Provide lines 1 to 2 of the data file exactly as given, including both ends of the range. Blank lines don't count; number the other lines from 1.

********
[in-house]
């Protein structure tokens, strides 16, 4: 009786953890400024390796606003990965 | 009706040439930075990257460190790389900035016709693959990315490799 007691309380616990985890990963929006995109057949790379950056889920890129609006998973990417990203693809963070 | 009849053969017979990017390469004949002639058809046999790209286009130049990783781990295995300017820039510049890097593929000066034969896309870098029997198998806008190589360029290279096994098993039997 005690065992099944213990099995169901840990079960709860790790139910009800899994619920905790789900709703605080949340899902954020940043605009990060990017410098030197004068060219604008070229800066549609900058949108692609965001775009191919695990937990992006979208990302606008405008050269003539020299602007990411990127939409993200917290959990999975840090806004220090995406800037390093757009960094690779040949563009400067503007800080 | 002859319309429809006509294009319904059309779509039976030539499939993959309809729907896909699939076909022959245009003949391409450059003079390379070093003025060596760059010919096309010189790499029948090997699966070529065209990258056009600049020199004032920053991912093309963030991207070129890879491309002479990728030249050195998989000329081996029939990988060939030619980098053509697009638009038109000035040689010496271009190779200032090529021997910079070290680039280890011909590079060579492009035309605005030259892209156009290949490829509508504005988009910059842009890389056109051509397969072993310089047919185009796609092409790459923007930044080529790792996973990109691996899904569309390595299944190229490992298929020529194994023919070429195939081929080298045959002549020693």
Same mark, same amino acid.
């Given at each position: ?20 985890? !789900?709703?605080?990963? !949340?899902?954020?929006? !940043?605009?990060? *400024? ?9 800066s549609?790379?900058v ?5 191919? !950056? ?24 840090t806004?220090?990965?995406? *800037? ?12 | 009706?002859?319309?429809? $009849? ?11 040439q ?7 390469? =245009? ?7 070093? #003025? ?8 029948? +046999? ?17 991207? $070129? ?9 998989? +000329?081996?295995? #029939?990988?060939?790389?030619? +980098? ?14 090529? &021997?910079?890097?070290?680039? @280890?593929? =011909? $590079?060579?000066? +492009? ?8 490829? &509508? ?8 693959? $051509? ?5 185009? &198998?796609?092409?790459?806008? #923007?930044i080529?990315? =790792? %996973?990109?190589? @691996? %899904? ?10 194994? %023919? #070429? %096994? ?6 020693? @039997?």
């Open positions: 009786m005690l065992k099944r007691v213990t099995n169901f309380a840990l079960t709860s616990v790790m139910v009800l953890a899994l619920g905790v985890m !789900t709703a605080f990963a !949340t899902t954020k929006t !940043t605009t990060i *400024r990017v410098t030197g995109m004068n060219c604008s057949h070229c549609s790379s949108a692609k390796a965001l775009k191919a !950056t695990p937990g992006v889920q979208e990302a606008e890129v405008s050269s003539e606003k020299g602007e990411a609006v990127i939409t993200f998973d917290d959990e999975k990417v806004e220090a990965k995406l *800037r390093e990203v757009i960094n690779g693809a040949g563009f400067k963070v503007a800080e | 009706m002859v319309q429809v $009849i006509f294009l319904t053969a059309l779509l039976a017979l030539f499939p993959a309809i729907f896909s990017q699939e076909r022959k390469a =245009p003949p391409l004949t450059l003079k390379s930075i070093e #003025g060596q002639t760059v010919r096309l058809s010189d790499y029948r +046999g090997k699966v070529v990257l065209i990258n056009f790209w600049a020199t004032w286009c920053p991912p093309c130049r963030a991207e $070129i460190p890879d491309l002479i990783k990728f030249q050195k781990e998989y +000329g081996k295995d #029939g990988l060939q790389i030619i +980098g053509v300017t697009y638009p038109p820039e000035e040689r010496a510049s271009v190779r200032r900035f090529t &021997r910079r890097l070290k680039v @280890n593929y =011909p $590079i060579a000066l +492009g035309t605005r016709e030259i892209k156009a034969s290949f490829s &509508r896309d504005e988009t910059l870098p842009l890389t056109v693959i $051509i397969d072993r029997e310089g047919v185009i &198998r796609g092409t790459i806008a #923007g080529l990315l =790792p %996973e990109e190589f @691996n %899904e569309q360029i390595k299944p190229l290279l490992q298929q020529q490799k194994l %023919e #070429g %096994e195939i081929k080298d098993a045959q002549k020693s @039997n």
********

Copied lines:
[in-house]
């Protein structure tokens, strides 16, 4: 009786953890400024390796606003990965 | 009706040439930075990257460190790389900035016709693959990315490799 007691309380616990985890990963929006995109057949790379950056889920890129609006998973990417990203693809963070 | 009849053969017979990017390469004949002639058809046999790209286009130049990783781990295995300017820039510049890097593929000066034969896309870098029997198998806008190589360029290279096994098993039997 005690065992099944213990099995169901840990079960709860790790139910009800899994619920905790789900709703605080949340899902954020940043605009990060990017410098030197004068060219604008070229800066549609900058949108692609965001775009191919695990937990992006979208990302606008405008050269003539020299602007990411990127939409993200917290959990999975840090806004220090995406800037390093757009960094690779040949563009400067503007800080 | 002859319309429809006509294009319904059309779509039976030539499939993959309809729907896909699939076909022959245009003949391409450059003079390379070093003025060596760059010919096309010189790499029948090997699966070529065209990258056009600049020199004032920053991912093309963030991207070129890879491309002479990728030249050195998989000329081996029939990988060939030619980098053509697009638009038109000035040689010496271009190779200032090529021997910079070290680039280890011909590079060579492009035309605005030259892209156009290949490829509508504005988009910059842009890389056109051509397969072993310089047919185009796609092409790459923007930044080529790792996973990109691996899904569309390595299944190229490992298929020529194994023919070429195939081929080298045959002549020693």